As I slowly but surely find myself re-immersed in the daily life of a church musician in Muscatine, Iowa, I find that I am fed and energized by continuing thoughts of the twelve days in Rome. This last reflection did not come from any particular talk or meeting or experience. Rather these thoughts seem to sum up the underlying spirit of the Congress.
It occurred to me when we visited Subiaco, and the cave in which St. Benedict spent the first three years of his monastic life: Benedict didn’t go to Subiaco to found a monastic order. He sought to be alone. He sought out a cave and the world came after him. The results are history.
Jesus didn’t seek to establish a Church, or, indeed, any kind of movement. He called a few disciples and fled with them to the desert. The world came to him. He sought to be alone and the crowds mobbed him. We continue to seek him out twenty centuries later.
Later, after Jesus’ death and resurrection, the disciples hid in fear. In their hiding, the Spirit moved on them, as on the primordial waters, they were awakened and empowered, and the world sought them out to win a share of their awakening and the Spirit’s power.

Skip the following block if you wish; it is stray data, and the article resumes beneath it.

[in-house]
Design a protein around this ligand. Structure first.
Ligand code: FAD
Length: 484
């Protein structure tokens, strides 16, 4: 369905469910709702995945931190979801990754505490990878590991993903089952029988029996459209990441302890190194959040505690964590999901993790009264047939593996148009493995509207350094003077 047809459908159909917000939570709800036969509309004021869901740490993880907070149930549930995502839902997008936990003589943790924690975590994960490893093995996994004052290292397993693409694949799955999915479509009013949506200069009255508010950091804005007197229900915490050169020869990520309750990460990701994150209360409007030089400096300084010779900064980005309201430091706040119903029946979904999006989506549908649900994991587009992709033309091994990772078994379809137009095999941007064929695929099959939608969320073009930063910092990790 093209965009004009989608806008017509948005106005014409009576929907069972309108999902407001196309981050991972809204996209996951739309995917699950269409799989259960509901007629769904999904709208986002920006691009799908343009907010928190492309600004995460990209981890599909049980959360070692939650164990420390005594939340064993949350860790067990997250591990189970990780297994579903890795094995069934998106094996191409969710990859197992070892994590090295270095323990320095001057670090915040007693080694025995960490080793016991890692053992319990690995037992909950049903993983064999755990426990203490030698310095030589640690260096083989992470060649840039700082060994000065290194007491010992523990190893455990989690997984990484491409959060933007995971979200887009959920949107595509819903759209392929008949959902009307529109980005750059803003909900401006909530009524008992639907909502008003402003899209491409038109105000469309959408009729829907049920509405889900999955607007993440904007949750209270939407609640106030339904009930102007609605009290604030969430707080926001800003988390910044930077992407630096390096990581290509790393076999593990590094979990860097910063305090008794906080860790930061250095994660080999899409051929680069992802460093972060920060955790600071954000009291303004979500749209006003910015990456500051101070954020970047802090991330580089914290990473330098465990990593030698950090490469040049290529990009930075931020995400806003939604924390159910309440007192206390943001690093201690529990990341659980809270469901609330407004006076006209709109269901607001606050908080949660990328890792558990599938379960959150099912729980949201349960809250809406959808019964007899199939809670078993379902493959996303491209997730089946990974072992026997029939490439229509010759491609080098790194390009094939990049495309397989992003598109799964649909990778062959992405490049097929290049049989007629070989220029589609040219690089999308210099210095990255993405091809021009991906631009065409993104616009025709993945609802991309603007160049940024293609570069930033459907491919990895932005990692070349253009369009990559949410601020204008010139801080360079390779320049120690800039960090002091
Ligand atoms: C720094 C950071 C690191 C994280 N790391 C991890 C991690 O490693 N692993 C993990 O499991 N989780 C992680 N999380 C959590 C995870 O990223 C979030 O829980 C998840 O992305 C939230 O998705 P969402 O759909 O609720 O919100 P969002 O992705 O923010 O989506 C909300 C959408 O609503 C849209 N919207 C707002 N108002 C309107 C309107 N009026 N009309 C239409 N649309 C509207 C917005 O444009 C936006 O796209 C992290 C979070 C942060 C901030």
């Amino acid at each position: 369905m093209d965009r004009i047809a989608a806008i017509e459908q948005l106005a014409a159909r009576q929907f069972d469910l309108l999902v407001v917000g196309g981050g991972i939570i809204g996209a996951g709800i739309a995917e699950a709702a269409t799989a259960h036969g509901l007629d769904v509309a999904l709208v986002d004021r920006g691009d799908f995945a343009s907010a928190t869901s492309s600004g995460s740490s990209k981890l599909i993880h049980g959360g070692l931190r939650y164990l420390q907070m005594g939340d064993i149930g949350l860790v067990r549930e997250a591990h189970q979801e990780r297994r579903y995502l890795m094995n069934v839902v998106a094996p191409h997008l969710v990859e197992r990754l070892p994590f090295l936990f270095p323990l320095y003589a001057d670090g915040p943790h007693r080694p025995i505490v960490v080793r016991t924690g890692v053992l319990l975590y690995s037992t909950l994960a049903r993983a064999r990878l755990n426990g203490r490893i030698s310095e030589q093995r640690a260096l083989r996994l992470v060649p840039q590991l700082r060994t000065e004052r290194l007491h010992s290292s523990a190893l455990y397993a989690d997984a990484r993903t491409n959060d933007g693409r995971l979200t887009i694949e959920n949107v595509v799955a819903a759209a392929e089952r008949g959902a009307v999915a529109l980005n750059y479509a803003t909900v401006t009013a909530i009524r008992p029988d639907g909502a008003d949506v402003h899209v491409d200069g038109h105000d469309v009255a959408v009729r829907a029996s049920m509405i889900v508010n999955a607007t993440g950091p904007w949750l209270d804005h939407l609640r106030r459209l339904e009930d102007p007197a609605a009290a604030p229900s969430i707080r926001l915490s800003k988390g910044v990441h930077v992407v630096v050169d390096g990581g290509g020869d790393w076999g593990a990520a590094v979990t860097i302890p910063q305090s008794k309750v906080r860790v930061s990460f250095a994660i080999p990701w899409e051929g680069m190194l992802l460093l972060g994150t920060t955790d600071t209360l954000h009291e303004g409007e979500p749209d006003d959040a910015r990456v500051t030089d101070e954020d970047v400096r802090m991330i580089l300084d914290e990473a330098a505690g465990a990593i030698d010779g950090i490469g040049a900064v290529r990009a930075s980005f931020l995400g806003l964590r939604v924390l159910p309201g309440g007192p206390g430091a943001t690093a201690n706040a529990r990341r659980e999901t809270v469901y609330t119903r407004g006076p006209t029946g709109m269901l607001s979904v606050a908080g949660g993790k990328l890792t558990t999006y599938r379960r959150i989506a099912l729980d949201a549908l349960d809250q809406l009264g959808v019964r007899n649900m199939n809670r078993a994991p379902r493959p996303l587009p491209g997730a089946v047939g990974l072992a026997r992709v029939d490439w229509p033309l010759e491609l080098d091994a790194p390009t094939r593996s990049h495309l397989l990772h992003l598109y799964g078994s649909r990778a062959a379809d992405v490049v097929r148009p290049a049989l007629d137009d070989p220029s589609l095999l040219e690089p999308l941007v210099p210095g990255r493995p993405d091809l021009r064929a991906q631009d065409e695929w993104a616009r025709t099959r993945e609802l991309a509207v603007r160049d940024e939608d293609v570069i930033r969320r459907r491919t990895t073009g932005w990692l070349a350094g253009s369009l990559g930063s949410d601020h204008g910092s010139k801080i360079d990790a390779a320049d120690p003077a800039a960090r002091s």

Maybe we’re trying to hard in our day. Can we trust ourselves to seek the desert, taking the risk that we may die alone? Can we trust God to sustain us and ground us in the mob scene if the pattern holds true?
I sensed more a back and forth in Jesus: reaching out to others intentionally to teach and heal, then fleeing regularly (going on vacation with God). I sense it’s vital we don’t absolutize solitude as where we aim to spend our existence; but you’ve got a dance move there, especially since it’s clear that the crowd (i.e. those not sharing the dance pattern?) are always around one.